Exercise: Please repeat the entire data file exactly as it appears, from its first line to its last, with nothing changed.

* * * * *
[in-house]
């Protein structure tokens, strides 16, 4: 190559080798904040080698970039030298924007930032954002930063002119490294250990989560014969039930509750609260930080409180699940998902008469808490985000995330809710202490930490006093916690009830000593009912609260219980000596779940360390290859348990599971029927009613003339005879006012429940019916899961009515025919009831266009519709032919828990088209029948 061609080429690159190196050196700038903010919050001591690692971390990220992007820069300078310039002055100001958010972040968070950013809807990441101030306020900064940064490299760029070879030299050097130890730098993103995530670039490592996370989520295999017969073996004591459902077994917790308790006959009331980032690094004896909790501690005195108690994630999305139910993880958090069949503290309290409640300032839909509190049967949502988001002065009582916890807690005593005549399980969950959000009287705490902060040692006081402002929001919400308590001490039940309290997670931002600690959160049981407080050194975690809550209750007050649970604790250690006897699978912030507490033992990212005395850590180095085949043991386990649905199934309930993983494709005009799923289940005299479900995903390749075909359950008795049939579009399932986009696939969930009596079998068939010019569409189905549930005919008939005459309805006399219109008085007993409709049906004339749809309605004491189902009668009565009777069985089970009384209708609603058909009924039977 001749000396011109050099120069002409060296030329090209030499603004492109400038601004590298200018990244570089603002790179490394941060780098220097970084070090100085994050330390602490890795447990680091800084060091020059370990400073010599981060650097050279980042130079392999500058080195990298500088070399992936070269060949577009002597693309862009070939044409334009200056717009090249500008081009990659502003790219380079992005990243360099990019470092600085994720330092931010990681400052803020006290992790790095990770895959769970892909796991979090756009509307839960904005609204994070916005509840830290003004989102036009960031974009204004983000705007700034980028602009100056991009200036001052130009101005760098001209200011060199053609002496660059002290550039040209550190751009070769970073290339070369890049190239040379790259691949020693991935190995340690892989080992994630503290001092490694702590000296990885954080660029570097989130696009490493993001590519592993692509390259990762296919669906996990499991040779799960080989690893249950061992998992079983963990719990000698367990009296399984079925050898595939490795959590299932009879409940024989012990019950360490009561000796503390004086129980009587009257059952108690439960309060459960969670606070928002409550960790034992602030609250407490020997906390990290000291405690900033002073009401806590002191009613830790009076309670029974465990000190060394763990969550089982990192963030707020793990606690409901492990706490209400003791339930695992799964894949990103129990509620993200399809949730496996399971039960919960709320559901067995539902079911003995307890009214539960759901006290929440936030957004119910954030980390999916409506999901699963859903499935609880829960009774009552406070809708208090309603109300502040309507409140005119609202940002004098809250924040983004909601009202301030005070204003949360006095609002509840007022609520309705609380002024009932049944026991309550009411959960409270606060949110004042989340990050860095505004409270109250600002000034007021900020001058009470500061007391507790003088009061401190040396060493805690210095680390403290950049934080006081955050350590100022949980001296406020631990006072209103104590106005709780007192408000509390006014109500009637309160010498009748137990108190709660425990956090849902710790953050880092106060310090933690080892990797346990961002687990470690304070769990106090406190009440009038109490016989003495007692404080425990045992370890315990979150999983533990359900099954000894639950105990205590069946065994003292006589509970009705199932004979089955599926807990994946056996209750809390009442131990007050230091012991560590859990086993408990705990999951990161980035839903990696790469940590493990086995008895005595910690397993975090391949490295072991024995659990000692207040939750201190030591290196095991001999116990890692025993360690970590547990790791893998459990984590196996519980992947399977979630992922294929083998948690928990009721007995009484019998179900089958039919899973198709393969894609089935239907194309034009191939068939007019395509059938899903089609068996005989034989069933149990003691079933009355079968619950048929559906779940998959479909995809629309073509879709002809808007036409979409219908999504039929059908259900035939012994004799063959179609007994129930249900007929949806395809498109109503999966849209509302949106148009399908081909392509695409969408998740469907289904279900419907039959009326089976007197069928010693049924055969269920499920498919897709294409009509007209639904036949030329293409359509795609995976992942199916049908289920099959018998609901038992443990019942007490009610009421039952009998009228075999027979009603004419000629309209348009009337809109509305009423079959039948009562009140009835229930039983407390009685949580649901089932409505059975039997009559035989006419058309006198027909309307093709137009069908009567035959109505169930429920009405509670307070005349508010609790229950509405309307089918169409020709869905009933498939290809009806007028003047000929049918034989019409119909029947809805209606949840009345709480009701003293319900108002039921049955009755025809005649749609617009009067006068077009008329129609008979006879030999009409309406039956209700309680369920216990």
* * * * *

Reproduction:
[in-house]
């Protein structure tokens, strides 16, 4: 190559080798904040080698970039030298924007930032954002930063002119490294250990989560014969039930509750609260930080409180699940998902008469808490985000995330809710202490930490006093916690009830000593009912609260219980000596779940360390290859348990599971029927009613003339005879006012429940019916899961009515025919009831266009519709032919828990088209029948 061609080429690159190196050196700038903010919050001591690692971390990220992007820069300078310039002055100001958010972040968070950013809807990441101030306020900064940064490299760029070879030299050097130890730098993103995530670039490592996370989520295999017969073996004591459902077994917790308790006959009331980032690094004896909790501690005195108690994630999305139910993880958090069949503290309290409640300032839909509190049967949502988001002065009582916890807690005593005549399980969950959000009287705490902060040692006081402002929001919400308590001490039940309290997670931002600690959160049981407080050194975690809550209750007050649970604790250690006897699978912030507490033992990212005395850590180095085949043991386990649905199934309930993983494709005009799923289940005299479900995903390749075909359950008795049939579009399932986009696939969930009596079998068939010019569409189905549930005919008939005459309805006399219109008085007993409709049906004339749809309605004491189902009668009565009777069985089970009384209708609603058909009924039977 001749000396011109050099120069002409060296030329090209030499603004492109400038601004590298200018990244570089603002790179490394941060780098220097970084070090100085994050330390602490890795447990680091800084060091020059370990400073010599981060650097050279980042130079392999500058080195990298500088070399992936070269060949577009002597693309862009070939044409334009200056717009090249500008081009990659502003790219380079992005990243360099990019470092600085994720330092931010990681400052803020006290992790790095990770895959769970892909796991979090756009509307839960904005609204994070916005509840830290003004989102036009960031974009204004983000705007700034980028602009100056991009200036001052130009101005760098001209200011060199053609002496660059002290550039040209550190751009070769970073290339070369890049190239040379790259691949020693991935190995340690892989080992994630503290001092490694702590000296990885954080660029570097989130696009490493993001590519592993692509390259990762296919669906996990499991040779799960080989690893249950061992998992079983963990719990000698367990009296399984079925050898595939490795959590299932009879409940024989012990019950360490009561000796503390004086129980009587009257059952108690439960309060459960969670606070928002409550960790034992602030609250407490020997906390990290000291405690900033002073009401806590002191009613830790009076309670029974465990000190060394763990969550089982990192963030707020793990606690409901492990706490209400003791339930695992799964894949990103129990509620993200399809949730496996399971039960919960709320559901067995539902079911003995307890009214539960759901006290929440936030957004119910954030980390999916409506999901699963859903499935609880829960009774009552406070809708208090309603109300502040309507409140005119609202940002004098809250924040983004909601009202301030005070204003949360006095609002509840007022609520309705609380002024009932049944026991309550009411959960409270606060949110004042989340990050860095505004409270109250600002000034007021900020001058009470500061007391507790003088009061401190040396060493805690210095680390403290950049934080006081955050350590100022949980001296406020631990006072209103104590106005709780007192408000509390006014109500009637309160010498009748137990108190709660425990956090849902710790953050880092106060310090933690080892990797346990961002687990470690304070769990106090406190009440009038109490016989003495007692404080425990045992370890315990979150999983533990359900099954000894639950105990205590069946065994003292006589509970009705199932004979089955599926807990994946056996209750809390009442131990007050230091012991560590859990086993408990705990999951990161980035839903990696790469940590493990086995008895005595910690397993975090391949490295072991024995659990000692207040939750201190030591290196095991001999116990890692025993360690970590547990790791893998459990984590196996519980992947399977979630992922294929083998948690928990009721007995009484019998179900089958039919899973198709393969894609089935239907194309034009191939068939007019395509059938899903089609068996005989034989069933149990003691079933009355079968619950048929559906779940998959479909995809629309073509879709002809808007036409979409219908999504039929059908259900035939012994004799063959179609007994129930249900007929949806395809498109109503999966849209509302949106148009399908081909392509695409969408998740469907289904279900419907039959009326089976007197069928010693049924055969269920499920498919897709294409009509007209639904036949030329293409359509795609995976992942199916049908289920099959018998609901038992443990019942007490009610009421039952009998009228075999027979009603004419000629309209348009009337809109509305009423079959039948009562009140009835229930039983407390009685949580649901089932409505059975039997009559035989006419058309006198027909309307093709137009069908009567035959109505169930429920009405509670307070005349508010609790229950509405309307089918169409020709869905009933498939290809009806007028003047000929049918034989019409119909029947809805209606949840009345709480009701003293319900108002039921049955009755025809005649749609617009009067006068077009008329129609008979006879030999009409309406039956209700309680369920216990």